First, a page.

Another aspect of customizability is the content of the palette which allows users to enter some characters and symbols that are not available on the keyboard. The teacher can decide what characters are available on that palette, thus presenting the user only with the ones he/she can understand. If many such characters have to be made available, they can be grouped, to find them more easily. In fact, with the recent introduction of Unicode in Amaya and the support of specialized fonts, such as the STIX fonts, many symbols are available, which make customizable palettes a requirement to prevent inexperienced users from getting lost.

Compound documents

Amaya provides a comprehensive environment for editing compound documents. Graphics in SVG and mathematical expressions in MathML can be manipulated at their actual location within XHTML documents. Except for the few specifics mentioned above for mathematics, all editing commands are the same whatever the contents being manipulated. This greatly helps users to get quickly comfortable with the tool. Amaya also allows equations, as well as graphics, to be edited separately in their own windows, and to be saved in separate MathML or SVG files. This allows teachers to prepare material that can be displayed in browsers that do not support MathML (nor SVG) natively. To make this task easier, Amaya also provides a simple mechanism (point and click) to embed those separate objects within XHTML pages.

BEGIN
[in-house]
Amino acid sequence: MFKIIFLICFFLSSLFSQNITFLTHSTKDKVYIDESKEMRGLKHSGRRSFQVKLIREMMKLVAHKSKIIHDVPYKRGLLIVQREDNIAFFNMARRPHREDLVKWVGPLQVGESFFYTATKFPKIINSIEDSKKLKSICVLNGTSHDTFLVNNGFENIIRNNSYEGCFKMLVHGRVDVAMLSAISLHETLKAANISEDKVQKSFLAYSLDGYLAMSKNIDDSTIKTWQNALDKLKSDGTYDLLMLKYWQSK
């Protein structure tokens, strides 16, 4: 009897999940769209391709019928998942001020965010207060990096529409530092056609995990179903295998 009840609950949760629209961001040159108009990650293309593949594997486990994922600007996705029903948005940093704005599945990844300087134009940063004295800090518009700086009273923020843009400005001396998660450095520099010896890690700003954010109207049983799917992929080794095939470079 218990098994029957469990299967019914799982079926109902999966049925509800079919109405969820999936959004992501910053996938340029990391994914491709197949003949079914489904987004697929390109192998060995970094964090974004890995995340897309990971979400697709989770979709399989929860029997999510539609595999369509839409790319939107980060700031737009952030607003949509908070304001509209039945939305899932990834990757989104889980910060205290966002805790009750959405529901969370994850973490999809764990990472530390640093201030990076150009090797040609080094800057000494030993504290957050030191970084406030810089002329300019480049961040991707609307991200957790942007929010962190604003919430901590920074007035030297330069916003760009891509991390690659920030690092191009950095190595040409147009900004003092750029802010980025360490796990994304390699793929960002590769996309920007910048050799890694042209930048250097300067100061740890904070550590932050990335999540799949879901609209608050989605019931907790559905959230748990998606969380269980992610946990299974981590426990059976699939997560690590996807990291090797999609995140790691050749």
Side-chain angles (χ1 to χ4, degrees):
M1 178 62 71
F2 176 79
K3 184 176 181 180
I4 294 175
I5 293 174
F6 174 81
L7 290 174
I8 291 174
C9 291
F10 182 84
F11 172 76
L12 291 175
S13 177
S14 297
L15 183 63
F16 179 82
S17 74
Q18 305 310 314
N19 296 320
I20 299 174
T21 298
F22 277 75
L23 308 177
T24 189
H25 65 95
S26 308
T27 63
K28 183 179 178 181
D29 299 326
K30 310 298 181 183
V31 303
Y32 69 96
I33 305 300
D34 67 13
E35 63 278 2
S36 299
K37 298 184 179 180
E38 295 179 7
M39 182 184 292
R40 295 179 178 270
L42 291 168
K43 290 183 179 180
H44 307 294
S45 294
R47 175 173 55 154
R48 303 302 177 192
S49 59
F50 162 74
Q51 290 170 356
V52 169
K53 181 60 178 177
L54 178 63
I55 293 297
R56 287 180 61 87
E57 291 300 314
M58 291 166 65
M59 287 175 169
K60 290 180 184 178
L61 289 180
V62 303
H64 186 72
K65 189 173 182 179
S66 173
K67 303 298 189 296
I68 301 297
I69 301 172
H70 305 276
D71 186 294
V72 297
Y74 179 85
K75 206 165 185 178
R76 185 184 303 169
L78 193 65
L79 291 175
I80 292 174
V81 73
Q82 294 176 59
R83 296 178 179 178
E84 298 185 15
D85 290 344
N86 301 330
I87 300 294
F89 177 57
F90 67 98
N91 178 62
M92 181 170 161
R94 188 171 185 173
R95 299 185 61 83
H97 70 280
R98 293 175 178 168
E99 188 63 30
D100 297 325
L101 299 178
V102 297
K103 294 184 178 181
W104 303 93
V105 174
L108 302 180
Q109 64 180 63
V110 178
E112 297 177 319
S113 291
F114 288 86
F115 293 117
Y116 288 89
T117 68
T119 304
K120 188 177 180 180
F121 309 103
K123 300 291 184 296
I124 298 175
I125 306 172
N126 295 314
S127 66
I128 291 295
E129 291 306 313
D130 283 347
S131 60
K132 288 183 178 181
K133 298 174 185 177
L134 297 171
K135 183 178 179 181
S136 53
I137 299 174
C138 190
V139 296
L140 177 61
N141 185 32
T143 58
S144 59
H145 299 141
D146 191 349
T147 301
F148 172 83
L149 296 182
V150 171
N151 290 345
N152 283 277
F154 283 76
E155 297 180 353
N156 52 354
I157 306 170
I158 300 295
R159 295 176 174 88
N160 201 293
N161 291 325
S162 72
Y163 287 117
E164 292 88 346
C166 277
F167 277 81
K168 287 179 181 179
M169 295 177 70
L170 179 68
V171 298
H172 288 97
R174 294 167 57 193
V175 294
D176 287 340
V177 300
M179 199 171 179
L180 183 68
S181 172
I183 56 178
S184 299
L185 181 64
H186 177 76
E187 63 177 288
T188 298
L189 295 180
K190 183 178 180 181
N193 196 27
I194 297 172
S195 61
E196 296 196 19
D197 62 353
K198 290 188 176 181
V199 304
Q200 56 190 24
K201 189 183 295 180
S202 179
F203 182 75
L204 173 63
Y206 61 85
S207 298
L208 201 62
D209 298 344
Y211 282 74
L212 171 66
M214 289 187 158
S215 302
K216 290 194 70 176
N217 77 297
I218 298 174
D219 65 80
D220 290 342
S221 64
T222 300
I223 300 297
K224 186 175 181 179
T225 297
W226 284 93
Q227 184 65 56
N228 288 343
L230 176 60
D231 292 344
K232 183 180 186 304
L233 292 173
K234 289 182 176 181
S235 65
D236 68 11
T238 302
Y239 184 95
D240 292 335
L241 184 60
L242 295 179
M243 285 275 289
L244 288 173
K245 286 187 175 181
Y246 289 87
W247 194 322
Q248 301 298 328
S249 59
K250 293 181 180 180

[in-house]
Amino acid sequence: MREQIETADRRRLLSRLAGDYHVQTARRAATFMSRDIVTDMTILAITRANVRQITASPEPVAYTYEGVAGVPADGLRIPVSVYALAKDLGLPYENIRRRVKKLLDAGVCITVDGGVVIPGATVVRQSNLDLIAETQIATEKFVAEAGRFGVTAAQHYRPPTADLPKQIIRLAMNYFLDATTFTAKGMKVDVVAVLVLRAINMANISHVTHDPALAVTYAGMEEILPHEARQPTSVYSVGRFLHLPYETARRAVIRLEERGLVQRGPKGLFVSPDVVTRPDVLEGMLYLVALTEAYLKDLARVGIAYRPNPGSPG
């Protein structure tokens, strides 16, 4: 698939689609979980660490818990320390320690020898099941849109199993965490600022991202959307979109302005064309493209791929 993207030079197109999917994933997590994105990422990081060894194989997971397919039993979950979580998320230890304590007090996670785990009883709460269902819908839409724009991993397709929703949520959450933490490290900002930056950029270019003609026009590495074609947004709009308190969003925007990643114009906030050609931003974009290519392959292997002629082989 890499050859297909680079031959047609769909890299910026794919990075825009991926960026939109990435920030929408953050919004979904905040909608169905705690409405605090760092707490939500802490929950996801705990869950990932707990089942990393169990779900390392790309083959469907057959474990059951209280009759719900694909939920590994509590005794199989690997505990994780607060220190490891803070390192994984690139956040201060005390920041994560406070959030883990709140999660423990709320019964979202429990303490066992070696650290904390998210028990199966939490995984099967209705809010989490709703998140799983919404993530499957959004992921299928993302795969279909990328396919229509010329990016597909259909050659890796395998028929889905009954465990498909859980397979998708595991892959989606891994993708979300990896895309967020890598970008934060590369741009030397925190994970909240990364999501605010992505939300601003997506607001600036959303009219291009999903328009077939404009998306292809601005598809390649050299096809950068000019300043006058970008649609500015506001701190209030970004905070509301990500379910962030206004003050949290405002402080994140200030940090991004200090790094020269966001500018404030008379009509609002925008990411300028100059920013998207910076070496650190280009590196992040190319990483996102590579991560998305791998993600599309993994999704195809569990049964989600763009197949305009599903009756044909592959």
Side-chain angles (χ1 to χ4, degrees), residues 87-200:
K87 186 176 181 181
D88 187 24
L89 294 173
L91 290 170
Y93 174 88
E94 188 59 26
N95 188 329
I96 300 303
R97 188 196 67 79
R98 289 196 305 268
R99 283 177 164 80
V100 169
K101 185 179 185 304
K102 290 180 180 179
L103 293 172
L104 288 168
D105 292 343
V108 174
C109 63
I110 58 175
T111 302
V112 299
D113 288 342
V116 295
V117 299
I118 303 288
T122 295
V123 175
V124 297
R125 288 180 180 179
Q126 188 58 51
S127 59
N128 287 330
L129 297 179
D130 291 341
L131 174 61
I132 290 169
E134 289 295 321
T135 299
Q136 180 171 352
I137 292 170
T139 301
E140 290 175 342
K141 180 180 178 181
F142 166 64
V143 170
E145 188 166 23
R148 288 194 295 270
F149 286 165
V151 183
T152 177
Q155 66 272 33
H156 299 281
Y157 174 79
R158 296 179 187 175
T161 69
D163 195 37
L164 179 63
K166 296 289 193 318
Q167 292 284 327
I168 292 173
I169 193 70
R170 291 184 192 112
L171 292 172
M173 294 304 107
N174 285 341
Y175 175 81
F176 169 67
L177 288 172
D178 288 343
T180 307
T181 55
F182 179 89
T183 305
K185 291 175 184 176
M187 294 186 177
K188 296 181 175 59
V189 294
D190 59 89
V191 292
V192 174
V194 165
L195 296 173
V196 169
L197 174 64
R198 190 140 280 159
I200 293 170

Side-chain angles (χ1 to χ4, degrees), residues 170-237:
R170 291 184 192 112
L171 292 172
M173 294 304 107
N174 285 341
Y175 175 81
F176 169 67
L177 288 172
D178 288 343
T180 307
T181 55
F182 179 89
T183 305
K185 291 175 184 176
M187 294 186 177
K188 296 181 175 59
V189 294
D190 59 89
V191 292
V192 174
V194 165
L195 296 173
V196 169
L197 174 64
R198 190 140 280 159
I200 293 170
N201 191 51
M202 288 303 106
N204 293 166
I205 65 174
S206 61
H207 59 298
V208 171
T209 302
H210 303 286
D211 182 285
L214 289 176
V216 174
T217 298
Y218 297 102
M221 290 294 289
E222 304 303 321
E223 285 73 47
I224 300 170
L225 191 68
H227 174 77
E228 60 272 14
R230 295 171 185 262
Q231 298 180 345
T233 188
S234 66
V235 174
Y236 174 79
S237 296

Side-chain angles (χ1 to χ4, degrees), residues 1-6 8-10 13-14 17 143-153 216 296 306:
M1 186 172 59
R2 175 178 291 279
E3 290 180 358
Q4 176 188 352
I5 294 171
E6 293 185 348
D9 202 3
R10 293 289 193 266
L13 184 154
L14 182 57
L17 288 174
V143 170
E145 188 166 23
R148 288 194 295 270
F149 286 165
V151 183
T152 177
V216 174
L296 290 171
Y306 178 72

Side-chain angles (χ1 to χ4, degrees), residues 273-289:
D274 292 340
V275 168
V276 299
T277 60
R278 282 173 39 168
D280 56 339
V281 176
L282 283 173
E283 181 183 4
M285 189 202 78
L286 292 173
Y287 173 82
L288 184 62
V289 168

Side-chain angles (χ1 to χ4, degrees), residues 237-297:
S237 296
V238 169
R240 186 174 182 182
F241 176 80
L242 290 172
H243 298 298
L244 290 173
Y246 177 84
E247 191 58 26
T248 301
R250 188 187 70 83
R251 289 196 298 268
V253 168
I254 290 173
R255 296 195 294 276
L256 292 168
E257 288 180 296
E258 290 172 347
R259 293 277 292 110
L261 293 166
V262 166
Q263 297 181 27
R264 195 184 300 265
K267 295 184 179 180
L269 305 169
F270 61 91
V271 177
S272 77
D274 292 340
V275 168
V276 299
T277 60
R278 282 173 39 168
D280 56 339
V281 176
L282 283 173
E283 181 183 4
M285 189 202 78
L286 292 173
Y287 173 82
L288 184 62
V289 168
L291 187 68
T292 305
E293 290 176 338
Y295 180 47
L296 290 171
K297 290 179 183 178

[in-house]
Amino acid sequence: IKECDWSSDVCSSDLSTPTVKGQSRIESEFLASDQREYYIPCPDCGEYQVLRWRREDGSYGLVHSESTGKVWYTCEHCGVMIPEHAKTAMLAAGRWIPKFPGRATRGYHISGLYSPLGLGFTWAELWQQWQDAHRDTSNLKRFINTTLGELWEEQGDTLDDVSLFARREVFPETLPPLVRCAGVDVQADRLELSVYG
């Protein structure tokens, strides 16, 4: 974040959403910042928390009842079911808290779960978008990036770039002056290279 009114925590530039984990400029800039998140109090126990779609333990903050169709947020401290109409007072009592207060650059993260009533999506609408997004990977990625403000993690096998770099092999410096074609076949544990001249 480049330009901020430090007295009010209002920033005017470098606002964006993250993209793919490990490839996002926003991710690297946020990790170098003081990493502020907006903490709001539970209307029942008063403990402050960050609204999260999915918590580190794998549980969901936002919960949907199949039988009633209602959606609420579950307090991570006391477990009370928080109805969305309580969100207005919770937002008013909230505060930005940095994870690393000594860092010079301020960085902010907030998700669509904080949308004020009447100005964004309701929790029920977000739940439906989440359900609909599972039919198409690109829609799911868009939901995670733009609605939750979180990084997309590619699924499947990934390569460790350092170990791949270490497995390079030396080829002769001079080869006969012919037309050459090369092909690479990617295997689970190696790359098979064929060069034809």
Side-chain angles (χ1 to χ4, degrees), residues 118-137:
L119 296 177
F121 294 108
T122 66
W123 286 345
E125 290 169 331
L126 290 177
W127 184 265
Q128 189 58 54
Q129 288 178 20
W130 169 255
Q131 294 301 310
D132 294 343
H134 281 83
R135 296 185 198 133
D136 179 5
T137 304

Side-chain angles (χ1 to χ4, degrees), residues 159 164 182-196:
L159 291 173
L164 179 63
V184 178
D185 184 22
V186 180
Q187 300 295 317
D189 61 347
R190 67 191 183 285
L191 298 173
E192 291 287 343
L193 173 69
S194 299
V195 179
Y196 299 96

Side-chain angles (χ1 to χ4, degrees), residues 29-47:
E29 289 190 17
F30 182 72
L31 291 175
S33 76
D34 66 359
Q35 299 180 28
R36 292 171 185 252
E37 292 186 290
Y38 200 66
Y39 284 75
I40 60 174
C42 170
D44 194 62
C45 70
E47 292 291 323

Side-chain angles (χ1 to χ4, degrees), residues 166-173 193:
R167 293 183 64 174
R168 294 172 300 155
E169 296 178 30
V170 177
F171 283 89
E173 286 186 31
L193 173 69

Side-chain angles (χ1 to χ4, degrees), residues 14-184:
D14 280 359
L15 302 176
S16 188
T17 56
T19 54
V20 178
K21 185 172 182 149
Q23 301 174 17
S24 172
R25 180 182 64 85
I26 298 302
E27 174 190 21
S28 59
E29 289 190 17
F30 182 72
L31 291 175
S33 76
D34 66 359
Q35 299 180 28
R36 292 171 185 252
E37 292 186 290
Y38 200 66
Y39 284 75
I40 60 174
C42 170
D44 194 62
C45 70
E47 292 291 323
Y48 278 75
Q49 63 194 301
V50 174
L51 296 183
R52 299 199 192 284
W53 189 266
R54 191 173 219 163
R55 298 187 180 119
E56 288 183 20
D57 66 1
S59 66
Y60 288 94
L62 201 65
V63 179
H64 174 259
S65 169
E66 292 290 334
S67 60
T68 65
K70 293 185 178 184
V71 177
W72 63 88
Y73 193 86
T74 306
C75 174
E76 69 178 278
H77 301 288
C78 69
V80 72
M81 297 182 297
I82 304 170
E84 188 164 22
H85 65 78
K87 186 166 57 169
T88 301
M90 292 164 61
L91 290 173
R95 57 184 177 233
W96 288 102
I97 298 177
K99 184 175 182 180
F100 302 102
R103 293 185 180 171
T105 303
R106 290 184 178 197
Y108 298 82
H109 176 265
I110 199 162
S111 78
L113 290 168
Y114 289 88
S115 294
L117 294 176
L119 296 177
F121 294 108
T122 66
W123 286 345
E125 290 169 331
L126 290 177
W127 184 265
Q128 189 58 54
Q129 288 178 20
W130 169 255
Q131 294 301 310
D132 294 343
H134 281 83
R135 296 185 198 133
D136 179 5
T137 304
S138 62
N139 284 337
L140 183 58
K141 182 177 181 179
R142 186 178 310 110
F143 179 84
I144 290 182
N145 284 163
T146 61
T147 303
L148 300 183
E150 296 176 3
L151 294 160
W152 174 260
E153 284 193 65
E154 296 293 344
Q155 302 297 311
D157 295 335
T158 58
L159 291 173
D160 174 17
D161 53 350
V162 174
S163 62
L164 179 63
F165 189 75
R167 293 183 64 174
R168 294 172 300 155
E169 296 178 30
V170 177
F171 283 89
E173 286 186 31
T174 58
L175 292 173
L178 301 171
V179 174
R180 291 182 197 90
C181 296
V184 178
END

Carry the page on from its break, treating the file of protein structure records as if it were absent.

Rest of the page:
Complementary services

MathML in XML documents

An important feature of Amaya is its publication functionality. Using the PUT method from HTTP 1.1, saving a file on a remote Web server is as easy as saving it locally. Students and teachers can send assignments and mathematical questions to each other just by putting them that way on a Web server. Sharing teaching material becomes very easy. Up to now we have supposed that this material is written in XHTML. XHTML is certainly adequate for many types of documents, but if some more specific document structures are required, the whole range of XML documents is available.

An important extension of Amaya has been undertaken to support not only a few specific XML applications, such as XHTML, MathML and SVG, but also any XML document. MathML expressions and SVG drawings can be inserted, displayed and edited within those XML documents exactly in the same way as with XHTML pages. The layout of XML structures is done through CSS style sheets. Actually the full power of CSS is available for any structured document that Amaya handles, and for any part of it. For teaching material, CSS can bring a number of advantages in customizing the same documents in different ways, according to the task to be performed or the level of the user. Material can then be shared and reused more efficiently.